Co-Mediation is a process like mediation, but in addition to you, the other spouse or parent and me, we add in a mental health professional (MHP) as a co-mediator/facilitator, to help the process run more smoothly; and for the important purpose of helping each party discuss their concerns about issues that are making it more difficult for the two of you to come to a settlement.
Typically these co-mediation meetings will be led by the MHP with my helping (along with the parties) to raise issues to resolve, and providing information about legal issues and options for resolving issues. If the case is simple, the extra resource (and cost) of having the MHP may not be needed. There are cases where the two of you are basically in agreement, and you just need a little help resolving a few issues, and making sure everything is written up properly in a way that adequately addresses the legal issues.
It may be hard to envision as you're reading this on your computer, phone etc., but the MHP can provide some real and valuable help when the parties have strong feelings or disagreements about one more issues. It is definitely not therapy, but rather giving each party a chance to explain their concerns with a person who is skilled in keeping the process productive. Sometimes people can be locked in quickly arguing their positions back and forth with each other, and it helps to take a step back and ask, ok, what are the reasons you’re concerned about that this item, what are your concerns. Once it’s talked through, often options for meeting some of both of your interests become evident.
Although the MHP will be licensed mental health professional, they also need to have gone through training specifically for collaborative law/collaborative mediation, and will not be doing therapy – i.e. won’t be there to focus on working through personal issues or fixing someone or the spouses’/parents’ relationship solely for the sake of working on the relationship. An important benefit of the process is that relationships, e.g. as parents can improve, someone can get in the habit of dealing with issues in a new way, and people move forward with more peace, but the primary focus during the meetings will be on a productive way to talk through and settle issues. In my experience, a settlement that is reached where both sides feel like they had a chance to address their concerns, is something everyone is more willing to be ok with going forward, versus ongoing conflicts or issues after the case is over.
The MHP is one more person in the room with his or her opinion, which is additional information that goes into the mix, and can help one or both of you move a little towards a settlement. Also, with two mediators in the room it’s easier. It can be more difficult sometimes for a single mediator to see everything, keep the process running smoothly, and be sure no one’s concerns are missed. There are MHPs I like working with, and have had the experience of working with them and find that it works well. During co-mediation with a MHP present, it also makes it a little easier for me to write up the settlement agreements as we’re going along.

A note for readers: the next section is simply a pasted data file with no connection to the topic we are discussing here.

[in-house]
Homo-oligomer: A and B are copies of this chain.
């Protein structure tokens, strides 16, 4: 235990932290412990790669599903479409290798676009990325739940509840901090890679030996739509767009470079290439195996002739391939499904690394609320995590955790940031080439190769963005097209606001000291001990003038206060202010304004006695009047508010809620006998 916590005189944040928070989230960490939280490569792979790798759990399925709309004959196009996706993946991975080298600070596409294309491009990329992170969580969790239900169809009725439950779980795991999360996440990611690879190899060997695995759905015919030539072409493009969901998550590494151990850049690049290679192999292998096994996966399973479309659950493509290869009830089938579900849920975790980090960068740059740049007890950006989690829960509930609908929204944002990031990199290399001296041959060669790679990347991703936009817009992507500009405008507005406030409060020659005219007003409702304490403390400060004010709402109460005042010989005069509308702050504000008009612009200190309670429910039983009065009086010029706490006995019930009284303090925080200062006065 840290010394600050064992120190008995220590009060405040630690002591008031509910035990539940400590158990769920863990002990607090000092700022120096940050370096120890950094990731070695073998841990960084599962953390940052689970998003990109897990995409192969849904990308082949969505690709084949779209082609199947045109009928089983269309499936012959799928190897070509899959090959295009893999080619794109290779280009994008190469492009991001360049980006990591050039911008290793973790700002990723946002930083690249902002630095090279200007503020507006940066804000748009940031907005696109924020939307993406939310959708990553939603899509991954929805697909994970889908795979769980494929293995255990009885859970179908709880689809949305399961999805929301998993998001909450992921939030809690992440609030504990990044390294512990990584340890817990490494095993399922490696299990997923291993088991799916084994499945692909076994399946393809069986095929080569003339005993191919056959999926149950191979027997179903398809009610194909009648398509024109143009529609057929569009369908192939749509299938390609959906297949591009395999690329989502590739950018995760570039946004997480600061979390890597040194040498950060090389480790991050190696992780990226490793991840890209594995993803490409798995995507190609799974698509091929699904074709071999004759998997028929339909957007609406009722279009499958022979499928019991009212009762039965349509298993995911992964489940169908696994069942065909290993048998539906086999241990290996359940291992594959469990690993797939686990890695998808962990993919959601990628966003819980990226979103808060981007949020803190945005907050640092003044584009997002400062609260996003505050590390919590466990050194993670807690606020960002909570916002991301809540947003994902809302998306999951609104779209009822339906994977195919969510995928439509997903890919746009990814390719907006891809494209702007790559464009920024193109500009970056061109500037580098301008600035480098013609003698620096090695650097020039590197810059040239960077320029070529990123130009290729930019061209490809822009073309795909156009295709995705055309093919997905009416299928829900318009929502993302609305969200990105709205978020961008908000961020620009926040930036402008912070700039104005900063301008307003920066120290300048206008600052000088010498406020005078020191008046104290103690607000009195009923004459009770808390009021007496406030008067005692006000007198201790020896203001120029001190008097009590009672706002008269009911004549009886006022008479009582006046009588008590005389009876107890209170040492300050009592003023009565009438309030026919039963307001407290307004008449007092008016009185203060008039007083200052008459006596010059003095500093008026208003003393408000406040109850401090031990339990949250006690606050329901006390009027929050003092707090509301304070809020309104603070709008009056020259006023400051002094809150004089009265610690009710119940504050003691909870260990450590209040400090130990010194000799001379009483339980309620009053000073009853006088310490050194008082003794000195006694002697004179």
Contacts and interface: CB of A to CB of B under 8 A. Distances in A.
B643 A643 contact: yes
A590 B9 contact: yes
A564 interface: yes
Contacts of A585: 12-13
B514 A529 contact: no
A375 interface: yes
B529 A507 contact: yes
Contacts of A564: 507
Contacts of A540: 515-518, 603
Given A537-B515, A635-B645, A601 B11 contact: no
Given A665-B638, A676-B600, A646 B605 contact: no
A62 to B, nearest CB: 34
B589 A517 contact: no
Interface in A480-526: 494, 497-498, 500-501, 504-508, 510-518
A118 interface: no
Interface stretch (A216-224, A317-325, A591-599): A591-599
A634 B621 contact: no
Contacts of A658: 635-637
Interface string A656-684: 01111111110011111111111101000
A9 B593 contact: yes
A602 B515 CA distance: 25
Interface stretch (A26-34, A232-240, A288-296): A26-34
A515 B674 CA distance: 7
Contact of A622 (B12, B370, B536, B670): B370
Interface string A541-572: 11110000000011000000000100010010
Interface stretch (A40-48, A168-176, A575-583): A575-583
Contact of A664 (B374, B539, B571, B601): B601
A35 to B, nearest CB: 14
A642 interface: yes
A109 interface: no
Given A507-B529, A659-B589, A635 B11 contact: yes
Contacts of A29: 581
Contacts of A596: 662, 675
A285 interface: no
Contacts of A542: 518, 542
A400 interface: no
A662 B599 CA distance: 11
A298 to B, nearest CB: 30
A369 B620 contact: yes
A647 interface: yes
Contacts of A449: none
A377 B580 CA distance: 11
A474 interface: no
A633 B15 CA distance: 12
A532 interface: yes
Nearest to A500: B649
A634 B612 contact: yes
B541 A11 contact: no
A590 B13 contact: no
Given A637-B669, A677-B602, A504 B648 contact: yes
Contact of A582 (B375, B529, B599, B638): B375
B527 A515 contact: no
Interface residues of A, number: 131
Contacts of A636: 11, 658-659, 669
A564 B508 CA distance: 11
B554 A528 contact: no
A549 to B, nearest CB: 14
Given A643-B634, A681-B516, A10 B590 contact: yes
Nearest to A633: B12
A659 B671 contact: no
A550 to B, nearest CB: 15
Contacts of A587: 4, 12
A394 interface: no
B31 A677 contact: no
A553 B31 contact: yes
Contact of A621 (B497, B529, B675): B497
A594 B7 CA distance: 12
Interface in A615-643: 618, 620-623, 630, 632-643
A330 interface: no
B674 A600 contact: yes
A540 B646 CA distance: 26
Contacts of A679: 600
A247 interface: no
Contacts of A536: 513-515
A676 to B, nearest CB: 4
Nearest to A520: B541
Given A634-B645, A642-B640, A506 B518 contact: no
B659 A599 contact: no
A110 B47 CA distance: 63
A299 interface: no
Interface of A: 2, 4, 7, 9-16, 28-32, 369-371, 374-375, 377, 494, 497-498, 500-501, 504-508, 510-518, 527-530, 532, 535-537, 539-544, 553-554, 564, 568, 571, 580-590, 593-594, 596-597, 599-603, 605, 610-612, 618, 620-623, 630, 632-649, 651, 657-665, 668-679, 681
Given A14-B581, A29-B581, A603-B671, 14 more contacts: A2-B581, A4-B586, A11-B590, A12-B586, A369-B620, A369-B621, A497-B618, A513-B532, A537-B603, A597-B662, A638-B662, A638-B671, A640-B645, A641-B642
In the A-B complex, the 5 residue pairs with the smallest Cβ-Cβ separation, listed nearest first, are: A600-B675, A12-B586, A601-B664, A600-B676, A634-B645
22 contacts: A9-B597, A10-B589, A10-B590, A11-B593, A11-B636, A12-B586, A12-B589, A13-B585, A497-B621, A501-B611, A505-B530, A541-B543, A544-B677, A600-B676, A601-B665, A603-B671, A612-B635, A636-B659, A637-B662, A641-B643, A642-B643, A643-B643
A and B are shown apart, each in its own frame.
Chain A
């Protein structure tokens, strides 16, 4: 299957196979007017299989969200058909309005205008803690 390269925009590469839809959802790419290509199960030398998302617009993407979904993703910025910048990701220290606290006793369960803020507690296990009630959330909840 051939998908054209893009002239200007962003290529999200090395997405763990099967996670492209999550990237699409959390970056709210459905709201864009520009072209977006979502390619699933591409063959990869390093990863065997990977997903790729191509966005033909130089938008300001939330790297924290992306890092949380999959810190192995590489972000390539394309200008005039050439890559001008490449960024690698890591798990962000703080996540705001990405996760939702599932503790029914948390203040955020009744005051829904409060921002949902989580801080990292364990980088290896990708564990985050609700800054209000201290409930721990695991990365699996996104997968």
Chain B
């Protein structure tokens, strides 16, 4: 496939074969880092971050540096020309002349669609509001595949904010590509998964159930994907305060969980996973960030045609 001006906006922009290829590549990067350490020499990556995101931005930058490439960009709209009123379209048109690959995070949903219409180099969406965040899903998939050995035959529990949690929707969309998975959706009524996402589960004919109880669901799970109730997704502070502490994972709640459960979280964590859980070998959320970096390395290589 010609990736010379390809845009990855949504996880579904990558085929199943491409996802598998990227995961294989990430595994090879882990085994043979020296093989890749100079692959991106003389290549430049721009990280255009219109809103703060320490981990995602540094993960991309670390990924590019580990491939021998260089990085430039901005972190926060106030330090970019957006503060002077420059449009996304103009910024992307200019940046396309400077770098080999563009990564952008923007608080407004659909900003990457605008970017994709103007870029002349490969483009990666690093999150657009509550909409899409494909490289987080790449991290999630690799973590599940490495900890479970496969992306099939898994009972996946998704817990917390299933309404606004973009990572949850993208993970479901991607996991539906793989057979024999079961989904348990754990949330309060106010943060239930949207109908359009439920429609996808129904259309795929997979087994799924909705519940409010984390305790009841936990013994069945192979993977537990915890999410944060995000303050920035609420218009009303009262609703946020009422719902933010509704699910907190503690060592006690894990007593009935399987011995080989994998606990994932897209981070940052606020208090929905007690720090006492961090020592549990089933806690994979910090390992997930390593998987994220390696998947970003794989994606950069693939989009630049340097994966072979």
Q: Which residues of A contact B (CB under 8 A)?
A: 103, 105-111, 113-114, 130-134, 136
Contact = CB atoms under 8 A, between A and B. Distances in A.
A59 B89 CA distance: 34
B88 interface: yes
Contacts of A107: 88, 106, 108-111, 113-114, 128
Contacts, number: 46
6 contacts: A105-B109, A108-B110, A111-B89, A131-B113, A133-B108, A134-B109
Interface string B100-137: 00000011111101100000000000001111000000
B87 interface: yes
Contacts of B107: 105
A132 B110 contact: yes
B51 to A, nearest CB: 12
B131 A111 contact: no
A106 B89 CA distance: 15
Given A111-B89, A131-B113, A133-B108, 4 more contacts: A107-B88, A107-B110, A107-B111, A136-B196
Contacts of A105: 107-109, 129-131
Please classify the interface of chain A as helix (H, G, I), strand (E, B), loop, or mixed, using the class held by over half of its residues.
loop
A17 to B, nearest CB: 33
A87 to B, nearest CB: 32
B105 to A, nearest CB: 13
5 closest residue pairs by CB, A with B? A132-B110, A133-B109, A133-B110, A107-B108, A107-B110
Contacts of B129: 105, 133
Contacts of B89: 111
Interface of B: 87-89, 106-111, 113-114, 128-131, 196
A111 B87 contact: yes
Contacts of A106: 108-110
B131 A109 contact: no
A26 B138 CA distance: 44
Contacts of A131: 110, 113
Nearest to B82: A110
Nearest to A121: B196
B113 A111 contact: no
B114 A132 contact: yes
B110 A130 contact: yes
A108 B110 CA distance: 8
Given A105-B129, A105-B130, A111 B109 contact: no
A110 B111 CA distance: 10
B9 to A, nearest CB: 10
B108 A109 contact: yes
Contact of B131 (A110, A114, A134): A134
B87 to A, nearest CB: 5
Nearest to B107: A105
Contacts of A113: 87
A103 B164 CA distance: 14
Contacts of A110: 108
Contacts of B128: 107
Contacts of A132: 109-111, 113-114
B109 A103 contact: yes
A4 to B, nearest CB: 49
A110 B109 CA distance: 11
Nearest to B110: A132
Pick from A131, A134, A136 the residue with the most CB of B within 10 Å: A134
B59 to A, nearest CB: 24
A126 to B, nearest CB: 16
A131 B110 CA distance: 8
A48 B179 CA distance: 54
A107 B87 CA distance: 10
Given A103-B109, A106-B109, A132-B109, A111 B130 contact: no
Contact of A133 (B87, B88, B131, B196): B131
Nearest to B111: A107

An additional significant benefit of the MHP is that they will often be a professional with experience with children’s issues who can help (when there are children involved) in preparing the parenting plan (a special type of settlement agreement that addresses time-sharing with the children, decision making, transportation, etc.). Often the MHP can help us all to keep the focus on the well-being of the children versus the adults’ or legal issues.
The trade-off of having the additional mediator versus one mediator is additional cost. I think all in all, co-mediation, other than in simple cases, is better but it is more expensive. There is some savings in cost of having the process go more smoothly or quickly, of probably a higher chance of success in a difficult case, and the potential cost saving of avoiding future conflict or litigation – i.e. the cost savings of having an agreement that sticks, and leads to less future conflict; or the efficiency of my possibly being able to write up the settlement agreements more quickly when the MHP leads the meetings; but the actual cost of each meeting is higher.
If you reach a settlement in mediation, you can avoid a trial which can at times be the awful experience of a decision being made quickly by the Judge, in a way that may or may not seem fair. Co-Mediation, or Collaborative Divorce, allows both parties to talk through their concerns, and arrive an at solution they agree to, not decided by someone else.
Please call me at (954) 636-7498 and we can discuss co-mediation as an option for your family law issue.